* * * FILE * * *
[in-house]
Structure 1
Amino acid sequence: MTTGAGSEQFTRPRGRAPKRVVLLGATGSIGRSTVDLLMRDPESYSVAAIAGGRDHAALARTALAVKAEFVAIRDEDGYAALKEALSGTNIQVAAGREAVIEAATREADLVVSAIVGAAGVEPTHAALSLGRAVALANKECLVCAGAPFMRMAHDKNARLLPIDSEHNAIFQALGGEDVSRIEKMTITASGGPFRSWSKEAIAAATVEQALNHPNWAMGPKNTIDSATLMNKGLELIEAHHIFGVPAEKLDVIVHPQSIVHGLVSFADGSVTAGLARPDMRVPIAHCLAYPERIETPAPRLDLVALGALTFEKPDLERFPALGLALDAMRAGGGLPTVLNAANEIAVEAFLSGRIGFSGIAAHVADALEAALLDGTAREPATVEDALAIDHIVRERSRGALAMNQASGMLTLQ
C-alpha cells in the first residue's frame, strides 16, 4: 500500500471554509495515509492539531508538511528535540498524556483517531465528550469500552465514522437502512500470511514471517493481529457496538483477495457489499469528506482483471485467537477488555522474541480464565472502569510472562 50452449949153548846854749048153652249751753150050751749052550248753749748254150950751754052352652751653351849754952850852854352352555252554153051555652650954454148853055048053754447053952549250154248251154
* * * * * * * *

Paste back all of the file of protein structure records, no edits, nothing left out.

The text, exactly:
[in-house]
Structure 1
Amino acid sequence: MTTGAGSEQFTRPRGRAPKRVVLLGATGSIGRSTVDLLMRDPESYSVAAIAGGRDHAALARTALAVKAEFVAIRDEDGYAALKEALSGTNIQVAAGREAVIEAATREADLVVSAIVGAAGVEPTHAALSLGRAVALANKECLVCAGAPFMRMAHDKNARLLPIDSEHNAIFQALGGEDVSRIEKMTITASGGPFRSWSKEAIAAATVEQALNHPNWAMGPKNTIDSATLMNKGLELIEAHHIFGVPAEKLDVIVHPQSIVHGLVSFADGSVTAGLARPDMRVPIAHCLAYPERIETPAPRLDLVALGALTFEKPDLERFPALGLALDAMRAGGGLPTVLNAANEIAVEAFLSGRIGFSGIAAHVADALEAALLDGTAREPATVEDALAIDHIVRERSRGALAMNQASGMLTLQ
C-alpha cells in the first residue's frame, strides 16, 4: 500500500471554509495515509492539531508538511528535540498524556483517531465528550469500552465514522437502512500470511514471517493481529457496538483477495457489499469528506482483471485467537477488555522474541480464565472502569510472562 50452449949153548846854749048153652249751753150050751749052550248753749748254150950751754052352652751653351849754952850852854352352555252554153051555652650954454148853055048053754447053952549250154248251154